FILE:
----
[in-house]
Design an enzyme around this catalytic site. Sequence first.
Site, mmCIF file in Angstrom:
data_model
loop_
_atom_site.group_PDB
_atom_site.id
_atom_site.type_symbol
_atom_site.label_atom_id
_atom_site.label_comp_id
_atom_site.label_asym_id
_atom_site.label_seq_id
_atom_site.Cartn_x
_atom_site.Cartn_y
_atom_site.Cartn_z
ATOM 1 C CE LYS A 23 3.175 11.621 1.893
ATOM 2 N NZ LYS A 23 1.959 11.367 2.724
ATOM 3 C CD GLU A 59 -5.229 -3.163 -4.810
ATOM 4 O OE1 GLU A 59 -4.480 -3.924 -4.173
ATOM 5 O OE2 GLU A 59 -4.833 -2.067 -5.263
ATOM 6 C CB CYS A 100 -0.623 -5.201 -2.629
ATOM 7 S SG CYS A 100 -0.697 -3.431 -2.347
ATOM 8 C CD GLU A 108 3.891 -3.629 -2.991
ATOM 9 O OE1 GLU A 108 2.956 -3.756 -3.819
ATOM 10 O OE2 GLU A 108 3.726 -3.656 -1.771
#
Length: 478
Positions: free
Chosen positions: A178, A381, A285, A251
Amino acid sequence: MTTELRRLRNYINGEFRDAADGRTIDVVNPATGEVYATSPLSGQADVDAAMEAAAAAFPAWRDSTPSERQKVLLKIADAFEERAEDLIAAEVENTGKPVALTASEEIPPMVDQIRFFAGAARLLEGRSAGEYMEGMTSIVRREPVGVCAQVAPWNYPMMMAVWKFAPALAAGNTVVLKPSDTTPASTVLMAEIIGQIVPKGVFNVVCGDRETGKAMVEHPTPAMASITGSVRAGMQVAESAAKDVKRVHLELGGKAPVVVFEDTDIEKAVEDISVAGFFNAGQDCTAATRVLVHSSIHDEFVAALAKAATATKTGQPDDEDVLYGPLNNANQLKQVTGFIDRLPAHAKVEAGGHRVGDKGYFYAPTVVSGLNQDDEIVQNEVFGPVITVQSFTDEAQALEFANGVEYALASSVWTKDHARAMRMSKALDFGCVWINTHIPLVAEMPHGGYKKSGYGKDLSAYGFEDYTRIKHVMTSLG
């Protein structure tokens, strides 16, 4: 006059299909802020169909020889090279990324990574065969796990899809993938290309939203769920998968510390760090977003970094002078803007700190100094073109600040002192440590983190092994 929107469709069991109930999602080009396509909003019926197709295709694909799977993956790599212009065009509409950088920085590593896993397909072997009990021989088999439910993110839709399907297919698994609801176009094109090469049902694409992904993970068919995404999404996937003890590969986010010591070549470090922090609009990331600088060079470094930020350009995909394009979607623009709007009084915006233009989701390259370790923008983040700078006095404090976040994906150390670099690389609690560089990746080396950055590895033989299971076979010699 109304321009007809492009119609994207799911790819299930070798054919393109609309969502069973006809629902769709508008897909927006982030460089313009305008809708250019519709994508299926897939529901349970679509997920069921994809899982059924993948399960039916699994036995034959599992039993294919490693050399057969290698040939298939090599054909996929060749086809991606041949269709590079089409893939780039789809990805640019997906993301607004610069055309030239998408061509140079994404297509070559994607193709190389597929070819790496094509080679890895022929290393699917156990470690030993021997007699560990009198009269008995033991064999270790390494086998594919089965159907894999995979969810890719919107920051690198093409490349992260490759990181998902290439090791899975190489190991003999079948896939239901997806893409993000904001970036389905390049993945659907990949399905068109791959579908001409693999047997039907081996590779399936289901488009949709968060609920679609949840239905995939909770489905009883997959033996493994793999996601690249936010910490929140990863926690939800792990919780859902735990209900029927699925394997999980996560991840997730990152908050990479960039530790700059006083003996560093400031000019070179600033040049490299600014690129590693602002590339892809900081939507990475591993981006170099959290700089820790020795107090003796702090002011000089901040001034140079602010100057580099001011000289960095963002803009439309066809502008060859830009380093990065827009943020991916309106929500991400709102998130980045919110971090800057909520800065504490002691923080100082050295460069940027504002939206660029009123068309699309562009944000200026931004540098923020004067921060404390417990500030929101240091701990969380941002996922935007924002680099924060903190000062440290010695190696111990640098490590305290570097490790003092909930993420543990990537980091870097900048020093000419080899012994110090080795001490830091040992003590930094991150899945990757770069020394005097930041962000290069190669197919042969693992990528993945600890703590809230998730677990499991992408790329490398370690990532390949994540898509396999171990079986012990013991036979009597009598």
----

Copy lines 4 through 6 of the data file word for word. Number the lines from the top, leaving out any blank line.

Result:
data_model
loop_
_atom_site.group_PDB